Can you imagine what I would cook if I could cook all I can? — Sun Tzu

What’s this I hear you saying now? “Bla bla bla, traditions, bla bla, folklore, bla bla bla, spices. Aren’t you forgetting something here?” Fear not, I know what you are thinking: Do they really eat dog in China? Did I eat anything weird? Well, the time has come to answer those pressing questions.

First of all, I don’t know if they do eat dog over there. Anyway I didn’t spot any on the menu, and if I’ve eaten any, it was unknowingly and probably tasty. But some unusual foods were indeed on offer: sea cucumber for example, or turtle (I tasted neither). A Sichuan restaurant had cockroaches, which I still hope was a mistranslation for some other insect. Until further research answers this mystery, I am not sure I’d be brave enough to order some, Sichuan or not. On the other hand, what I really really wanted to try was snake. I even went in search of a restaurant which reputedly serves it, but couldn’t find the place; either it had shut down, or I didn’t write down the address correctly (I suspect the latter). In any case that was a major culinary disappointment.

Instead of snake I ate duck tongue, and shark fin soup. Shark fin, I was assured, helps rejuvenation, nourishing the blood, and is an all-round benefactor of my offal; to be fair, the menu also described modern medicine benefits (proteins and vitamins and whatnot), but the traditional medicine routine is less abstract and more entertaining, almost poetic. The soup was very delicate; too delicate probably, in light of a recent experience which exposed my taste buds for the lazy fools they are. Duck tongue was quite nice, once I managed to avoid thinking about what it was (it helped to remember that I have no issue with beef tongue). Oh, and I ate bullfrogs too, also in a soup. What is so special about that, you may wonder, since, as a Frenchman, I do eat frogs for breakfast (no, not literally for breakfast). The difference is that the French eat only the legs: here, the frogs were complete, hence noteworthy.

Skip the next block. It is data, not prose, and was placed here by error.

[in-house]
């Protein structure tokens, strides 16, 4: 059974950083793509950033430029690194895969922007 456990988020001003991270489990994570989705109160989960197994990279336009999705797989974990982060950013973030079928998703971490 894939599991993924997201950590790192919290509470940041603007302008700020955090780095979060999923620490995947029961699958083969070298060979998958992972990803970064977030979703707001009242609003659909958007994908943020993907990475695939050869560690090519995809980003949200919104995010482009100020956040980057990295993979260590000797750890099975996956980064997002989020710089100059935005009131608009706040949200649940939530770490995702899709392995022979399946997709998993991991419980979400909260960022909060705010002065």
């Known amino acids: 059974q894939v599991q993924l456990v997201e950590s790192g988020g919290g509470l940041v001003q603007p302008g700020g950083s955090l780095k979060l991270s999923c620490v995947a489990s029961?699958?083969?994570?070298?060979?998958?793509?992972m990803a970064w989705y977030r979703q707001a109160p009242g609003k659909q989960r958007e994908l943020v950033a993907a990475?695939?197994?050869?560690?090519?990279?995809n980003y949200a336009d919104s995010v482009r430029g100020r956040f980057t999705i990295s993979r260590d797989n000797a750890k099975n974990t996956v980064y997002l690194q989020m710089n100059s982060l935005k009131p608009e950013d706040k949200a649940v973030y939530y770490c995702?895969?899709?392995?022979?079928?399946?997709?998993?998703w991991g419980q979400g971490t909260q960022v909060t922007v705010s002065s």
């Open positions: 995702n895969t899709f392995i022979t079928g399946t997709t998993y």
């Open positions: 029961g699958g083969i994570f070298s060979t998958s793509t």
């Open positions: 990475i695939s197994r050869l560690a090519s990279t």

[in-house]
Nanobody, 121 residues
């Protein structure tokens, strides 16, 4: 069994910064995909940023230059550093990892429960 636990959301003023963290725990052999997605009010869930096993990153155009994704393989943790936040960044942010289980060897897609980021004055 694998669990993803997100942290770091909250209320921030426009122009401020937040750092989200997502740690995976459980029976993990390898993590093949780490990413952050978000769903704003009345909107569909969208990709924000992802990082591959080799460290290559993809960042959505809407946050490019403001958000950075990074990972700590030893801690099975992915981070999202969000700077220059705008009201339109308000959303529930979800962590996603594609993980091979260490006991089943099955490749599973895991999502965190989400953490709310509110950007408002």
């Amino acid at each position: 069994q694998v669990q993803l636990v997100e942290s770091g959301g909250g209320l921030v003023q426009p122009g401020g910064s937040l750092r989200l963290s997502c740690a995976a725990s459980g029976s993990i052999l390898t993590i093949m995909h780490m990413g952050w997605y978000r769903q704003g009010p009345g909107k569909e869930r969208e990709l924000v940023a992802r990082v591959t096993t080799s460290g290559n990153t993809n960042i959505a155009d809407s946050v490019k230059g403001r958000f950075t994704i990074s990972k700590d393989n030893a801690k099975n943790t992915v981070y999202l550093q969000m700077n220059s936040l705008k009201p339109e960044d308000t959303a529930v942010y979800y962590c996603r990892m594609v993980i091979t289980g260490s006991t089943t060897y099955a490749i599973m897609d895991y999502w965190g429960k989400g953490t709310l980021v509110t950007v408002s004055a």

But the highlight of my culinary experience, and definitely up there in my Top Three List of Weird Food I’ve Eaten, is marinated jellyfish. It was served as a small salad with white radish, or a similar root. The basic advantage was that both were shredded, which means that the dish looked like a homogeneous heap of translucent pale stripes. On closer examination, it turned out that radish had a clearer, more opaline tone, while jellyfish veered towards shades of sauerkrautish ivory. The major difference was texture, radish being crunchily brittle, and jellyfish tougher and somewhat rubbery. Also, tiny bits tended to get caught between my back teeth, which kind of spoiled the experience. The taste was whatever it was marinated in (something with vinegar) — it seems that these edible jellyfish have little taste of their own. Maybe I will try the fried ones next time, and hope they’re less chewy.

Not the sort I ate.

A book is like a sandwich carried in the pocket — traditional proverb.

After this overview of Chinese food, and last time’s general impressions of Shanghai, one thing is left to recount. What could that possibly be? Have I been up to some mischief after all? Did I shoot a movie scene with Jackie Chan? Find out in next week time’s installment of this fascinating tale!

Pictures credits: me, me, me, not sure who, Mooncake Desserts, Travis Snelling


About the quiet one

I ain't never ever had the gift of gab, but I can talk with my eyes. Words fail me, you won't nail me, my eyes can tell you lies. View all posts by the quiet one

3 responses to “Specialty of the house